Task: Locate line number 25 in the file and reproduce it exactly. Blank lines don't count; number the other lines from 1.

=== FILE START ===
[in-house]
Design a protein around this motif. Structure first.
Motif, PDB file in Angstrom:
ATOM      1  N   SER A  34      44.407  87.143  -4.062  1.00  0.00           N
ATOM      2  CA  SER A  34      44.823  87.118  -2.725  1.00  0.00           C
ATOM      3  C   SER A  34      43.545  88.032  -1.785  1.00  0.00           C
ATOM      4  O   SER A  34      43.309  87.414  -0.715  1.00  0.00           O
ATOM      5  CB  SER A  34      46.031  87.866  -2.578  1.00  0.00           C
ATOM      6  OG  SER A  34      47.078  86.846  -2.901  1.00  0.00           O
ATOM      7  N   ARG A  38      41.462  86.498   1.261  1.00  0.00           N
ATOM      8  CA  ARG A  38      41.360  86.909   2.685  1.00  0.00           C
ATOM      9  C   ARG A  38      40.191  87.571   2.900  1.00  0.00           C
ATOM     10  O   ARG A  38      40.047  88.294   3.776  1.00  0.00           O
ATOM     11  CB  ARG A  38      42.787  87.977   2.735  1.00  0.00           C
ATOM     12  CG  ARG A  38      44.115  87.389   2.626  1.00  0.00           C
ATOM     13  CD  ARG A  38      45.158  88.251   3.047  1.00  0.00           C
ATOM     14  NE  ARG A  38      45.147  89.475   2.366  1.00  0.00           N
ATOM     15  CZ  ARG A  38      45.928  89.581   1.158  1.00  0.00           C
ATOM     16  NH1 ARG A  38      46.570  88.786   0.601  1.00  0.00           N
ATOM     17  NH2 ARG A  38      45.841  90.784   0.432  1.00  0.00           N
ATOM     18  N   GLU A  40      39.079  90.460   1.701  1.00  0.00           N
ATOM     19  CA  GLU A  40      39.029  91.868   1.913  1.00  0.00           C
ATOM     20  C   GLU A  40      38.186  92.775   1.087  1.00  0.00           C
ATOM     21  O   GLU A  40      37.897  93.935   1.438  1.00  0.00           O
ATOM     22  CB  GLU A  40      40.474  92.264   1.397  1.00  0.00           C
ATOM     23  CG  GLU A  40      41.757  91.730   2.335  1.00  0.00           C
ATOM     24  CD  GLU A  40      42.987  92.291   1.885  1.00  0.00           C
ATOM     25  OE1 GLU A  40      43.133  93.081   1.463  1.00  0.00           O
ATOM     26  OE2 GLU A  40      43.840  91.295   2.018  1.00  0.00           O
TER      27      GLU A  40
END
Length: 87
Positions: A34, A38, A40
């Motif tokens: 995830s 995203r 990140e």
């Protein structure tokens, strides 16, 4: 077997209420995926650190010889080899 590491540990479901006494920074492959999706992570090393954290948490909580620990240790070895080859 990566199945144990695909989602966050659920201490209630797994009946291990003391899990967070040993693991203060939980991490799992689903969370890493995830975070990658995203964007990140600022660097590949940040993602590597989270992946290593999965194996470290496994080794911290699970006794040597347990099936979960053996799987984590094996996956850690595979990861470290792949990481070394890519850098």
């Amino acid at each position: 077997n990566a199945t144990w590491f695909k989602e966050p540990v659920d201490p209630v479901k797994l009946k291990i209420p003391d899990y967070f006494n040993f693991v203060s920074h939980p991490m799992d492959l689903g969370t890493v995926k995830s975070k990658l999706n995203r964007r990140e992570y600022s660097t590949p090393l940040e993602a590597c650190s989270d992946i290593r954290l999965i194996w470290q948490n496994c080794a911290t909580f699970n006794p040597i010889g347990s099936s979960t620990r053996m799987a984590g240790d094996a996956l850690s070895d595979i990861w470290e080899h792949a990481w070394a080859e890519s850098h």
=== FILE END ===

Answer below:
ATOM     22  CB  GLU A  40      40.474  92.264   1.397  1.00  0.00           C